The prior art method of building large two- or three-dimensional arrays required that the entire array be built on a rigid structure. This rigid structure is costly, heavy, produces mechanical and flow noise, and interferes with proper beamforming by transmitting signal and noise through the structure. All of these disadvantages may be eliminated by proper application of the new method.
Other advantages are:
(1) The costly digital computer hardware that is used for element position finding is not in the array itself. The array may be built cheaply enough to be expendable. The element position finding, beamforming, and signal processing are performed by a single digital computer on the monitor platform.
(2) The active transducers, on the array are covert. They operate at such high frequency that although their transmissions may be easily detected on each element at a range of a few hundred feet, they cannot be detected by an enemy at tactically useful ranges (beyond 1-2 kiloyards).
Several other alternatives are feasible: (a) The sonar array 20 described in FIG. 2 related to a two-dimensional array. A three-dimensional array 70, illustrated in FIG. 5, may be produced by two methods:
(1) Suspend vertical line arrays 72 instead of individual elements from the flexible floating member 74. Find the position of the uppermost element 76 in each line array 72 by the method described hereinabove with respect to FIG. 2.
Assume that the other elements of the line, 76M and 76B, are vertically beneath it.
(2) Provide a fourth vertical rigid member 74V perpendicular to the other three rigid members 74H. Find the position of all elements 76 of the array by a three-dimensional analog of the process described for the planar array 20 of FIG. 2. (b) It is not required that there be any mechanical connection between the array elements 76. Each element 76 might be an individual free floating buoy, with its own radio link to the monitor platform. A single buoy with the three-arm rigid body containing the active transducers could be used to find the relative positions of all of the nearby free floating elements. Thus a cluster of individual sono-buoys could be employed as a large sonar array until they drift too far apart.
(c) Suitable approximation techniques may be employed to reduce the computer capacity required for the element position finding process. The accuracy that is lost by the approximation may be gained back by frequent pinging and appropriate smoothing techniques.
Given the rigid structure 40 as shown in FIG. 3, the three transducers are labeled L, M, N.
The orientation of the structure 40 with respect to magnetic north is known, from the output of the attached magnetic sensor 36 in FIG. 2.
Reference is now directed to the structure 50 shown in FIG. 4. The distance from each transducer to a distant array element 52 is calculated from the known times of transmission and reception of each transducer signal. Let the distances from transducers L, M, N to a representative array element be l, m, n, respectively. φm is the angle between leg L and magnetic north. The exact range and bearing (R,φ) from the hub 62 of the rigid structure 60 may be found by a triple application of the law of cosines: ##EQU1##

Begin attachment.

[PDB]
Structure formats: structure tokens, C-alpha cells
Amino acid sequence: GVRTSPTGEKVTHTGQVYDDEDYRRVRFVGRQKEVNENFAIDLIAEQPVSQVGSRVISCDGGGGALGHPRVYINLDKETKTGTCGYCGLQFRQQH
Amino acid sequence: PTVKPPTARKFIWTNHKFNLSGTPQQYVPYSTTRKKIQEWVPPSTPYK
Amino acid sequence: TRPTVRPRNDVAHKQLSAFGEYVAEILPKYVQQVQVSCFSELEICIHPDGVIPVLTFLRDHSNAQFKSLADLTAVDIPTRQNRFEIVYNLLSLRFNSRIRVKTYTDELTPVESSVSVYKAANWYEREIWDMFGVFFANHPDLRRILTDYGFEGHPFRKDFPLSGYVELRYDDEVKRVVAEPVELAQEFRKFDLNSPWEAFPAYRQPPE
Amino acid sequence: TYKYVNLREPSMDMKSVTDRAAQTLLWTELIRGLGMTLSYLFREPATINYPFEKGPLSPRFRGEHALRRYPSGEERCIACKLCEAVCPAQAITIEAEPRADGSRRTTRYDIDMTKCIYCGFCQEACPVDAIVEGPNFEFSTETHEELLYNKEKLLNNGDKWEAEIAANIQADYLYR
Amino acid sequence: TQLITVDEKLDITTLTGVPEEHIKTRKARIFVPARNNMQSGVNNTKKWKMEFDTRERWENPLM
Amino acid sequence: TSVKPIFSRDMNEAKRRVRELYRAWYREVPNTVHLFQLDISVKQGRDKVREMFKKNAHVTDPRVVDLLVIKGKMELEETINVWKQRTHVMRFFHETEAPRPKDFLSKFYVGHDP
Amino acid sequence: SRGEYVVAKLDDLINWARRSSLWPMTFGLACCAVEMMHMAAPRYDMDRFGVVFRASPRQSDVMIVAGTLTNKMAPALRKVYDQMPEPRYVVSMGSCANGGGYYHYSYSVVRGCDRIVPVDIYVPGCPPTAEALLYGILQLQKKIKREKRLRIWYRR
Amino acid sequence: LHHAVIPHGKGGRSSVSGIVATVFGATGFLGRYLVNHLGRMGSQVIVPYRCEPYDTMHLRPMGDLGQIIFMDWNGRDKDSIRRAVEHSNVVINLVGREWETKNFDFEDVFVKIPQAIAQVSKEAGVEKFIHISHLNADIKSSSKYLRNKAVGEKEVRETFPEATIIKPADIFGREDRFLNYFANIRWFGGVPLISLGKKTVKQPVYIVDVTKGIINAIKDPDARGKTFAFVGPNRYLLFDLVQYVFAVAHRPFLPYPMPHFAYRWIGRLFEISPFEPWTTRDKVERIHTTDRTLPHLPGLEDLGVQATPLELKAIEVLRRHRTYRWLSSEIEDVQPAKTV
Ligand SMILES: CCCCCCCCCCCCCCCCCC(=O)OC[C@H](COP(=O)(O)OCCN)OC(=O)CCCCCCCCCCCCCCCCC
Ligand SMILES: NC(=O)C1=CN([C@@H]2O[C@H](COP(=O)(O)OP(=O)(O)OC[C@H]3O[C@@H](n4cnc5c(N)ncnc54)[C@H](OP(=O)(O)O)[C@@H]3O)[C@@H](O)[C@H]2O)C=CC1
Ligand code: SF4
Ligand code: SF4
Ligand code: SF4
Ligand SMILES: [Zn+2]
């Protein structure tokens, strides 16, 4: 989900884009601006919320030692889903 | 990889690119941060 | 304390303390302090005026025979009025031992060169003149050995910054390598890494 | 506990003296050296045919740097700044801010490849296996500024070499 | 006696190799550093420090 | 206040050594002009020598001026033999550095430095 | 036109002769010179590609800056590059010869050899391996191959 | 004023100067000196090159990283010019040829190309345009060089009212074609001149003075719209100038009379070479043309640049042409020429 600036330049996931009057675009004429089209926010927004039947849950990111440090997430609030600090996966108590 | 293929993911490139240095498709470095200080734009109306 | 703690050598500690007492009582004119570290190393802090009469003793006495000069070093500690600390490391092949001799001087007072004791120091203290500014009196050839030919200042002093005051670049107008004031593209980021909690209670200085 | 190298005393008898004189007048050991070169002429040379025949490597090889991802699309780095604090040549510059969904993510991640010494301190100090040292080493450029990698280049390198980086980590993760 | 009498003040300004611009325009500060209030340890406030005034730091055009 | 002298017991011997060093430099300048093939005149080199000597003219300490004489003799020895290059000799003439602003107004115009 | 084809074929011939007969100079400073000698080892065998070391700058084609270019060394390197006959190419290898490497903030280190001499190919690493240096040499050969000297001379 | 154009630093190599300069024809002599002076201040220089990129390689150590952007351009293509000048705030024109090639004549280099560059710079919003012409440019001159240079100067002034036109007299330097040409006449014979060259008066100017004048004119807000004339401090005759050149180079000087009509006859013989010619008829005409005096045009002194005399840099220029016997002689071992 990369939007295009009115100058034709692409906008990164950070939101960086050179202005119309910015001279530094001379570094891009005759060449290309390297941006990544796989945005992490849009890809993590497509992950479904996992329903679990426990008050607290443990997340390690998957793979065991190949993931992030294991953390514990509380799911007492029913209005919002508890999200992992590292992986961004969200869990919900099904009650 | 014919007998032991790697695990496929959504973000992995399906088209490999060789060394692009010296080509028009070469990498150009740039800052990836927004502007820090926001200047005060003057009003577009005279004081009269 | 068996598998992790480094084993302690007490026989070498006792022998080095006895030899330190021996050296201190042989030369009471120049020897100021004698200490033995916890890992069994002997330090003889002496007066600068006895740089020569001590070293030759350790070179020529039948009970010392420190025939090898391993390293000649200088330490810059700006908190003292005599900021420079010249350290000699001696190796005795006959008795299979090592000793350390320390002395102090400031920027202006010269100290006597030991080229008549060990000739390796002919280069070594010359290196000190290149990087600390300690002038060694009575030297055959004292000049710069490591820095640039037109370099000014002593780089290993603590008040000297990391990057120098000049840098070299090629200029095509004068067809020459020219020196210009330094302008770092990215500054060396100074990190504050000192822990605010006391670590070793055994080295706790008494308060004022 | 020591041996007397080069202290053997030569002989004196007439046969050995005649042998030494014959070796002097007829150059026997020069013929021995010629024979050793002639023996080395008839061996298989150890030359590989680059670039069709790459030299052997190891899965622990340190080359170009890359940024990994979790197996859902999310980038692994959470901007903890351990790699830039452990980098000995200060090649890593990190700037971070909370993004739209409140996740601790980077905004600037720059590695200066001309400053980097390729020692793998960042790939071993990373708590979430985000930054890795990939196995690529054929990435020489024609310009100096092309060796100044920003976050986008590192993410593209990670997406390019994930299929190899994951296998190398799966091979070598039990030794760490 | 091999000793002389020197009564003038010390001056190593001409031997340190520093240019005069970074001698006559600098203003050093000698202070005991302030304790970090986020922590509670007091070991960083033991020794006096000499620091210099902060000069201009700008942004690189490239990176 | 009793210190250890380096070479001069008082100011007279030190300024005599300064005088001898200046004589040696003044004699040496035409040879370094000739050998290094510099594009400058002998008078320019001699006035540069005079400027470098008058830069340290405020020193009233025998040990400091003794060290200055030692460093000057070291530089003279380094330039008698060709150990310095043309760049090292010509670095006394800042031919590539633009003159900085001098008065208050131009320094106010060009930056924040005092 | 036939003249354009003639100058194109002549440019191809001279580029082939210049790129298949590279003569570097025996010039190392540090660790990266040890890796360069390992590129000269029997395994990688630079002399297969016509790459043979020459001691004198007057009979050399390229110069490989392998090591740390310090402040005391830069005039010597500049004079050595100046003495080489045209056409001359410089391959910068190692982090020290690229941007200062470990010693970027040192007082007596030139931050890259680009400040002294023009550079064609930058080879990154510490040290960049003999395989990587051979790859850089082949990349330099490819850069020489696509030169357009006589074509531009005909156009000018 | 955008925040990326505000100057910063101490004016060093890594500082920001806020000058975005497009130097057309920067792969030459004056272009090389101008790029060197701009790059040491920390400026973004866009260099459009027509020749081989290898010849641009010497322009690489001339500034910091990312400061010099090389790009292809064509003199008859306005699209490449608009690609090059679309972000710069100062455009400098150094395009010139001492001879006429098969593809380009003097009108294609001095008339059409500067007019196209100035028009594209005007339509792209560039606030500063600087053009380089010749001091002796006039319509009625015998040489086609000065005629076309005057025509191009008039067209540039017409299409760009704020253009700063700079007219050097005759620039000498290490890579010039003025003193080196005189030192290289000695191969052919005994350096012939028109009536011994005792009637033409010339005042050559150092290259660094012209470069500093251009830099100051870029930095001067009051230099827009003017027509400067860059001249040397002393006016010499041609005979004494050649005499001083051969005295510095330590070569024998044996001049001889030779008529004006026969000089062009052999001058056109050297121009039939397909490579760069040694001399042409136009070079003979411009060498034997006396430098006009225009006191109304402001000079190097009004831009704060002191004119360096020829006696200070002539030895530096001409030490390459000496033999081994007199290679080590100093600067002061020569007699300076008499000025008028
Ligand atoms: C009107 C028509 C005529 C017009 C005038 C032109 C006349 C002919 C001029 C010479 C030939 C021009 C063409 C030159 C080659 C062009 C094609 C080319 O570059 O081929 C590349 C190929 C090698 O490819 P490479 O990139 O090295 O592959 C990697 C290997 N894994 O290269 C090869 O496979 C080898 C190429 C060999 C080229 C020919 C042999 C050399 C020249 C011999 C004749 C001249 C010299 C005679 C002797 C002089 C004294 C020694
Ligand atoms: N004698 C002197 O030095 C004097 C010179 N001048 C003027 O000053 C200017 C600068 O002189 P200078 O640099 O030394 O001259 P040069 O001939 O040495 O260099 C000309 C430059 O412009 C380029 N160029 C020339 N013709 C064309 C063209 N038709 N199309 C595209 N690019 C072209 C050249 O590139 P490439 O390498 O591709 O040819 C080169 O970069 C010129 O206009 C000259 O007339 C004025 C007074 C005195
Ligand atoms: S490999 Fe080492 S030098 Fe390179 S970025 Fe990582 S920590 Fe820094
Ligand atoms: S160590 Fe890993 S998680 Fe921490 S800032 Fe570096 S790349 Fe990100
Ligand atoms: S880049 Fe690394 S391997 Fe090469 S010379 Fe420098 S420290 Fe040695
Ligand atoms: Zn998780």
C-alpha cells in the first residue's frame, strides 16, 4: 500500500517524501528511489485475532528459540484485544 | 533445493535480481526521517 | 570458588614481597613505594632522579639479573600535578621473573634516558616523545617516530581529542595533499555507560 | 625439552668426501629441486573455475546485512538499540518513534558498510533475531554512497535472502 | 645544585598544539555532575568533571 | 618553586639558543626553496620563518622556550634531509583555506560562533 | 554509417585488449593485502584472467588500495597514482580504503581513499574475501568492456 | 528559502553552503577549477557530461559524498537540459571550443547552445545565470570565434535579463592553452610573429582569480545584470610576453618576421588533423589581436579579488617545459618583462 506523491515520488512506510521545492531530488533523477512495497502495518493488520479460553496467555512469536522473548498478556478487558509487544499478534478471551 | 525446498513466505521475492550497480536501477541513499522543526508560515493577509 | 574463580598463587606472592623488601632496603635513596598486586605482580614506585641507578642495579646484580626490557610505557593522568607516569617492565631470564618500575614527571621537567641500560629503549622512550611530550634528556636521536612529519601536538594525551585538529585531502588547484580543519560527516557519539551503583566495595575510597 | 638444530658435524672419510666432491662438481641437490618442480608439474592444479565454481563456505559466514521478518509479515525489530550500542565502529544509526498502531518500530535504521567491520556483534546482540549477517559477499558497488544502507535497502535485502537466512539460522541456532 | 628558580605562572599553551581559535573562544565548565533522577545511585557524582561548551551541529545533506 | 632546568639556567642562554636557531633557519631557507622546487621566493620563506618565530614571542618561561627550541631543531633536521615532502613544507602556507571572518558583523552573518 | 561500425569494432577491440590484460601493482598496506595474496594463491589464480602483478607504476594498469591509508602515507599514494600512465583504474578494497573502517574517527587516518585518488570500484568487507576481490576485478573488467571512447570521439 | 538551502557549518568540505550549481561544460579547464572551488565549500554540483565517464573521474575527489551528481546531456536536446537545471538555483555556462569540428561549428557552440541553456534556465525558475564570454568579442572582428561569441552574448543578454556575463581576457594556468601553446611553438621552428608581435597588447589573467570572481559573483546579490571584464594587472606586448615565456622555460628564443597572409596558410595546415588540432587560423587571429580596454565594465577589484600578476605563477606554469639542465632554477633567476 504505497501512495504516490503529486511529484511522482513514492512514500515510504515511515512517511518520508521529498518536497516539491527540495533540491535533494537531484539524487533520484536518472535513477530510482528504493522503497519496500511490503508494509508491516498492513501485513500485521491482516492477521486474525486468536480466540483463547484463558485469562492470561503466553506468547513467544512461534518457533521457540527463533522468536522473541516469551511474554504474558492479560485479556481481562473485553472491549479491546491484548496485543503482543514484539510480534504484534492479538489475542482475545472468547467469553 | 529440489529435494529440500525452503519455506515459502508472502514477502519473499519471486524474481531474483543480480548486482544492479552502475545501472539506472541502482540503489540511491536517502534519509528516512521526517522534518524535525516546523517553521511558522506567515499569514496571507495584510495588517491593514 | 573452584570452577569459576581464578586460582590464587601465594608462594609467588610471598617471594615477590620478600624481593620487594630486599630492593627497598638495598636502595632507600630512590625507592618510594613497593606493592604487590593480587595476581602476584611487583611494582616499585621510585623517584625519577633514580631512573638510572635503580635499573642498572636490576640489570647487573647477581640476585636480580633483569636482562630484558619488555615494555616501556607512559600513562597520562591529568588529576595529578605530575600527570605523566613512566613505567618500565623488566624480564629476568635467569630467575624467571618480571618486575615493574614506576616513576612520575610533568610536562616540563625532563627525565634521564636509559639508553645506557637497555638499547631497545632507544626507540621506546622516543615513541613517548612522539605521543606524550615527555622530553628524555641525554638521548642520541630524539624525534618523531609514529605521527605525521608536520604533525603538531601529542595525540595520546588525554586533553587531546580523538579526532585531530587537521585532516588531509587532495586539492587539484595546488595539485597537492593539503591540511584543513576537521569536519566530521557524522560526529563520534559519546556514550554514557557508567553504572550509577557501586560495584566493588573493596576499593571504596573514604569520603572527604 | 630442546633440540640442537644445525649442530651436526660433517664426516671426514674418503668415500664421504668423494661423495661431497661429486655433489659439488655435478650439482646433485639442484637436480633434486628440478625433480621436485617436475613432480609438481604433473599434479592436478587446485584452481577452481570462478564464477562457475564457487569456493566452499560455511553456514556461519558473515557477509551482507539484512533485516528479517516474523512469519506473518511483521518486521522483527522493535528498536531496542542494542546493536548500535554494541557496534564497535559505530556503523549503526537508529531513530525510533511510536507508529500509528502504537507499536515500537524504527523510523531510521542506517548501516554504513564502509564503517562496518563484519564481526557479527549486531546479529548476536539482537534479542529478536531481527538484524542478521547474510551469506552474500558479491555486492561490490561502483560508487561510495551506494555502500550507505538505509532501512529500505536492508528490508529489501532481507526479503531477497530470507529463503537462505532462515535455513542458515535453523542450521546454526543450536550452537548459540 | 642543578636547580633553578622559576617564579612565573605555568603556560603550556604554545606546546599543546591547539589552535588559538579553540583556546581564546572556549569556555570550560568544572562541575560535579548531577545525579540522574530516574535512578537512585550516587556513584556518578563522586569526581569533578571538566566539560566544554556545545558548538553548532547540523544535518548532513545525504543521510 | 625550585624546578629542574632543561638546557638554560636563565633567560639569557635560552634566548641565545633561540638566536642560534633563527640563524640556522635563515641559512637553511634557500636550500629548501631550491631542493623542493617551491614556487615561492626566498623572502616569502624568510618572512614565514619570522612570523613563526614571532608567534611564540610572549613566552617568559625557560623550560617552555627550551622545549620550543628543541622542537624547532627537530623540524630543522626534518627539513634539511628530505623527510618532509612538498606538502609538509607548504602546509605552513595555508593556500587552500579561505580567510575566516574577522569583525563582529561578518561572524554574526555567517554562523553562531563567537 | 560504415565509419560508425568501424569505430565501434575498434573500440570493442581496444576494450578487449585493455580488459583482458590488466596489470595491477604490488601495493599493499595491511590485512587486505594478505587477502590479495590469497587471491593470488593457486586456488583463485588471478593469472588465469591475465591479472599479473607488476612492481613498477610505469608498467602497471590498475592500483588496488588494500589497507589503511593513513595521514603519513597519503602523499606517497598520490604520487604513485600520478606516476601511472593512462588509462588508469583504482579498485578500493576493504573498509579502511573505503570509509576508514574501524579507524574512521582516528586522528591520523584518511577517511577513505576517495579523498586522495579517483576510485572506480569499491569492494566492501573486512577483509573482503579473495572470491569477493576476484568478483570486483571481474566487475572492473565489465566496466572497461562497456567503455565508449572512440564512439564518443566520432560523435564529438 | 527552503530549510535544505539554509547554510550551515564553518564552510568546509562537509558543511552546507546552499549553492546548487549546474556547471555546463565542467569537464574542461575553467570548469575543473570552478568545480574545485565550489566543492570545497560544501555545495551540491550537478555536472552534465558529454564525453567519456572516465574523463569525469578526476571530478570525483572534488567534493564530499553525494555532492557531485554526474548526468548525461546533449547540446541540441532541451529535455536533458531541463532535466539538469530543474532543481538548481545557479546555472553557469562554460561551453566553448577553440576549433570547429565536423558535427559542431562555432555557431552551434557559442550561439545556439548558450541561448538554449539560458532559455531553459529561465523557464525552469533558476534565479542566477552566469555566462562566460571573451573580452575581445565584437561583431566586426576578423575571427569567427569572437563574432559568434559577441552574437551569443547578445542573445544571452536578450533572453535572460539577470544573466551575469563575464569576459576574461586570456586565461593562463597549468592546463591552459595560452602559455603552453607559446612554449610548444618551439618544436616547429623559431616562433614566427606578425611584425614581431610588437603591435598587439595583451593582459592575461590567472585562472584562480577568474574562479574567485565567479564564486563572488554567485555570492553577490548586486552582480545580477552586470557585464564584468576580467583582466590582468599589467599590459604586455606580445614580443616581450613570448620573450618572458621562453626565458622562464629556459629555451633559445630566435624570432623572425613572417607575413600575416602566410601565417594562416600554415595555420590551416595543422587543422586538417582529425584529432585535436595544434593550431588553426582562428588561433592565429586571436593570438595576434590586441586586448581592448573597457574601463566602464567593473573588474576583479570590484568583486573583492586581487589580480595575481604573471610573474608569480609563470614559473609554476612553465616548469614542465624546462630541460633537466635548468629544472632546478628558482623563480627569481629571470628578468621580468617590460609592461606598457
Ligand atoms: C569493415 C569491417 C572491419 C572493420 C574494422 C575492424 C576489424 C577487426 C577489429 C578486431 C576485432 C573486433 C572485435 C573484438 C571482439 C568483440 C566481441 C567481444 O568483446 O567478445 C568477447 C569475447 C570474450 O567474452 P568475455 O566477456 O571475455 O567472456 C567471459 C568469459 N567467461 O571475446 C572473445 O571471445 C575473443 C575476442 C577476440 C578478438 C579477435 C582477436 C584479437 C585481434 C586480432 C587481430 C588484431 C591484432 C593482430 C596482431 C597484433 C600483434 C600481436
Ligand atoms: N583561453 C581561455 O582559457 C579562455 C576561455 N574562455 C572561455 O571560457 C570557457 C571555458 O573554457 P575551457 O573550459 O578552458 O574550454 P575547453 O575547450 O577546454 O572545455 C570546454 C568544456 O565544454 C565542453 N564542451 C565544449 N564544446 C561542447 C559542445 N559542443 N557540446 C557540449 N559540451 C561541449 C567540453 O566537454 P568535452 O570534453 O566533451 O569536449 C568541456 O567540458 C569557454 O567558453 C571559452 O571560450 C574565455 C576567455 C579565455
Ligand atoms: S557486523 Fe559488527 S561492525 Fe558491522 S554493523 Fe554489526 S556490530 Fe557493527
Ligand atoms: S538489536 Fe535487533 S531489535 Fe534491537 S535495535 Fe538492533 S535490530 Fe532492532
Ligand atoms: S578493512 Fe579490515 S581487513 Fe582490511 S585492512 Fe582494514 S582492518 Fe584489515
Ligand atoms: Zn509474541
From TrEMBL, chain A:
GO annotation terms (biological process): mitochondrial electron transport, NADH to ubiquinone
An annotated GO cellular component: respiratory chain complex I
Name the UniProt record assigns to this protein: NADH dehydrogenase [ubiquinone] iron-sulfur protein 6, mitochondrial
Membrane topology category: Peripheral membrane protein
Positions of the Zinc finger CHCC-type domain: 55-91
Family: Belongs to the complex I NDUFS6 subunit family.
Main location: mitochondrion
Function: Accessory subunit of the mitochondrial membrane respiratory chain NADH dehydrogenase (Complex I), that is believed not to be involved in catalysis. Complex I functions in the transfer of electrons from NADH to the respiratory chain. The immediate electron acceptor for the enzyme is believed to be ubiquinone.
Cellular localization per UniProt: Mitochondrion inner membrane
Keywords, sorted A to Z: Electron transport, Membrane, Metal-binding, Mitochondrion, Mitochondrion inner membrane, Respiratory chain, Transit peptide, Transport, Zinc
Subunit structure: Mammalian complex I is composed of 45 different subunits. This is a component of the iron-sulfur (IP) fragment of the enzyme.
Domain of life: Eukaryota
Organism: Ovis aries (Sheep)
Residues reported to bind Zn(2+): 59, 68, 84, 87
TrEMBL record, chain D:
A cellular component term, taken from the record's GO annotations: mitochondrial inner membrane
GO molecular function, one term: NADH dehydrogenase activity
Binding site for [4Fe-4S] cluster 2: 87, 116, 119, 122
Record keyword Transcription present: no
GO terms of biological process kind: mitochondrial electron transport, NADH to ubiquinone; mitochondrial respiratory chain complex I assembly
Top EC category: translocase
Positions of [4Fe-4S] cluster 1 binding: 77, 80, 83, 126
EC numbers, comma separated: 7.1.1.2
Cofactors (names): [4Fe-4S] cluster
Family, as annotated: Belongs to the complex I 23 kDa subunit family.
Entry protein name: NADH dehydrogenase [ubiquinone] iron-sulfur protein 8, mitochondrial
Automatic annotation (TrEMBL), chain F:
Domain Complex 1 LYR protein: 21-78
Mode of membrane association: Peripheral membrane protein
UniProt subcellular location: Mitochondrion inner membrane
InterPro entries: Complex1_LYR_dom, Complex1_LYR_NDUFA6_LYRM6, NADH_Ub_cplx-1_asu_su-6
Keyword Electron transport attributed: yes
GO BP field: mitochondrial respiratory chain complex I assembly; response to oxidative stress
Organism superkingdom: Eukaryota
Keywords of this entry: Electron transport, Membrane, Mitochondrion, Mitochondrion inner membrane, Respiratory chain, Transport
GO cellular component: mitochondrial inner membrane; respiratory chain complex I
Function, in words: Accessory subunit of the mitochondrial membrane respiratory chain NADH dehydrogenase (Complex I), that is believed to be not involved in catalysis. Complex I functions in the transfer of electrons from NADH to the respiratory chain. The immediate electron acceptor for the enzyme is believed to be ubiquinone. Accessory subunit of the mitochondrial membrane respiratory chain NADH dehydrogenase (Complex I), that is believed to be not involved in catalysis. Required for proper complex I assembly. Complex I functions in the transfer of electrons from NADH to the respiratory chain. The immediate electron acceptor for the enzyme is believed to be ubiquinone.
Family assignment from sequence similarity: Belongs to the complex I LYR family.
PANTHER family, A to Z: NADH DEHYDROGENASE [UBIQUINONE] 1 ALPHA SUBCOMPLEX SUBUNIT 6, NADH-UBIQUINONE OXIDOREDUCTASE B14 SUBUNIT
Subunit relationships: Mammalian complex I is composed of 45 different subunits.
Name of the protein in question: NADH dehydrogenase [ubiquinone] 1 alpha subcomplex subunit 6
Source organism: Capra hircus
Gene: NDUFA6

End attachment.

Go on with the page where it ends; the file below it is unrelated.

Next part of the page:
J=the smallest of the distances l, m, n
K=the second smallest of the distances l, m, n
In our example J=l, K=M ##EQU2## where the angle is taken to be positive if K is a leg that lies clockwise from J, as in the example, negative otherwise.
φ=φm +(I-1) 120° +θ where
I=1 if n>l and m<n
I=2 if l>m and n<l
I=3 if m>l and n<m
Consider as an example the array shown below:
______________________________________Array Diameter = 600 feetRigid Body Leg Length = 15 feetActive Transducer Frequency = 300 kHzActive Transducer Bandwidth = 30 kHzRange Resolution, e = 0.16 feet______________________________________
Reference is now directed to the configuration 90 shown in FIG. 6. With the parameters shown therein: ##EQU3##
The maximum error occurs when l=m=300', and when the observed leg lengths are 300'+e and 300'- e. The angle error is less than 0.75°. The resultant element position error is less than 4 feet.
It will be noted that there is concern only with the error in locating distant array elements. Those that drift too close to the rigid body, within 2 leg lengths for example, will be ignored by the processing system aboard the monitor platform.
The compass in the rigid body may be subject to a large error, perhaps 5° to 10°. This error does not influence the ability to calculate the element's relative positions and form beams accurately. The result of the compass error is a 5° to 10° uncertainty in the calculated bearing to target.
As to the accuracy of the sonar array, 20 or 70, the 600 foot diameter flexible array with 15-foot rigid leg length will have an element position error of less than 1/4 wavelength for all frequencies below 300 Hz.
Obviously, many modifications and variations of the present invention are possible in the light of the above teachings, and, it is therefore understood that within the scope of the disclosed inventive concept, the invention may be practiced otherwise than as specifically described.
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|U.S. Classification||367/131, 367/5, 367/153, 367/130|